What’s happening in the housing market?
11 months ago
Despite average prices in England and Wales being lower than they were in January 2017 (and down annually for the first time since March 2012), average prices continue to remain above the £300,000 mark – as they have done throughout 2017. On a monthly basis prices actually edged up in January – the first time they have done so following several months of declines. They increased by 0.2% (£455) to leave the average house in England and Wales worth £301,477.
Nearly three quarters of England and Wales’ 108 unitary authorities outside London were still recording annual price rises in December, with 80 authority areas pushing the overall average up 0.2% over 12 months. In the South East, Portsmouth is up 7.1% annually, and Brighton and Hove set a new peak price in December (one of 18 local authority areas to do so in the month). And, despite falls in some authorities, including Wrexham, Wales continues to see growth of 2.6% over the year, with strong performance from the likes of Ceredigion (up 7%), Caerphilly (6.7%) and Carmarthenshire (5.9%), as well as Newport (5.1%), which like Cardiff (3.6%) set a new peak price in the month. Growth in Wales is almost matched by the East of England (up 2.4%), East Midlands (also 2.4%) and West Midlands (2.3%). It’s the North West (3.8%) and, still, the South West (3.9%) that lead the table, though. In the former, Blackburn with Darwen, up by 9.4% on the back of sales of detached houses, has seen the strongest growth anywhere other than Rutland (up 12.1% but on slim transaction volumes), while the key population centres of Merseyside (up 8.2%) and Greater Manchester (2%) both recorded new peak average prices in the month. In the South West, meanwhile, six out of 15 local authorities recorded a new peak in the month, including Bristol and North Somerset, which have seen some of the strongest annual growth, up 9.1% and 6.7% respectively. Even after this growth, prices in the region remain below the England and Wales average, though, at £285,557. When it comes to transactions, sales across local authorities in Q4 2017 were up 4% on the same period a year ago, with semi-detached sales up 5%, detached and terraced sales up 4%, and sales of flats down 1%, reflecting the significant decline in buy to let activity.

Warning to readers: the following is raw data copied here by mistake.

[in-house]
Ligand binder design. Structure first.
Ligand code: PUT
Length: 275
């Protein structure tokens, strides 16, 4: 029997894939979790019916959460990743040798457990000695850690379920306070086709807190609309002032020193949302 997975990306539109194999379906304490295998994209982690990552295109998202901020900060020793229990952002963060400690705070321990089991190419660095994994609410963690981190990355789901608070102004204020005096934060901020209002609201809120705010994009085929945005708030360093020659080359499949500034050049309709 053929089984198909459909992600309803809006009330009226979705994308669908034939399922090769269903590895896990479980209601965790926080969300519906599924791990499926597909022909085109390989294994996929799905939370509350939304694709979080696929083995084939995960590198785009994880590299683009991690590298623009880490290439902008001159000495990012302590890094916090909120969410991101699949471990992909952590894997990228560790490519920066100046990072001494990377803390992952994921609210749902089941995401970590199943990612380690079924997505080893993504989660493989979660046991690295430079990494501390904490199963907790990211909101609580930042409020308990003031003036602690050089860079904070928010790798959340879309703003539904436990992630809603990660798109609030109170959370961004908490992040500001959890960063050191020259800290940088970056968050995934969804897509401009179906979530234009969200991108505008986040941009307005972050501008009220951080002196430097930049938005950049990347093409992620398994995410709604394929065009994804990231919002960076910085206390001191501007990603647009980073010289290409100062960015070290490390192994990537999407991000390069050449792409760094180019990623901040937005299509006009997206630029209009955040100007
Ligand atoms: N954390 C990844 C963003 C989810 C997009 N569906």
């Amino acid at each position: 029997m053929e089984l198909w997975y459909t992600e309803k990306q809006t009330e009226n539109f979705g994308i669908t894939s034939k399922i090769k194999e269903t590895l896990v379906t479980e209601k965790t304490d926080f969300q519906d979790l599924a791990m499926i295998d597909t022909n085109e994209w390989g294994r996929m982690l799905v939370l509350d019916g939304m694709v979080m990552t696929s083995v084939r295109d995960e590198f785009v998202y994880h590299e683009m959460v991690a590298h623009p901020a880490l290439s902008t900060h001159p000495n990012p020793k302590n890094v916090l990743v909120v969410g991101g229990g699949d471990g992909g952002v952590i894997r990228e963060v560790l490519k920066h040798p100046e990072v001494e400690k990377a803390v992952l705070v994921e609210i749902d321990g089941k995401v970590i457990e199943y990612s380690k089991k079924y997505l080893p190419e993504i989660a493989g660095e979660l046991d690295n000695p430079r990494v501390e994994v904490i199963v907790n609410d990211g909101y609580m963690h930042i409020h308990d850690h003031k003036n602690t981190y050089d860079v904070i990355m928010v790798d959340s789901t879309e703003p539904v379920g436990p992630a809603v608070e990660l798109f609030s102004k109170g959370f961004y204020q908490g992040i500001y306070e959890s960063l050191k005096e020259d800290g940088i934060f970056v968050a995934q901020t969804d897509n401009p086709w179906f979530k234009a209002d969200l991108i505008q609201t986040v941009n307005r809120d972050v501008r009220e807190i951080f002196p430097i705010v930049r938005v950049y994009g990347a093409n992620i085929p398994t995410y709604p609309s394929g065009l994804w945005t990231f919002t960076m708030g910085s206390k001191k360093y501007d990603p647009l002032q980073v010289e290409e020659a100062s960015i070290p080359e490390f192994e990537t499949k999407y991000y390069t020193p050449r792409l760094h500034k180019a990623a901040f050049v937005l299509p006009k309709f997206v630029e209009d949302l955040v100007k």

(source LSL house price index January 2018)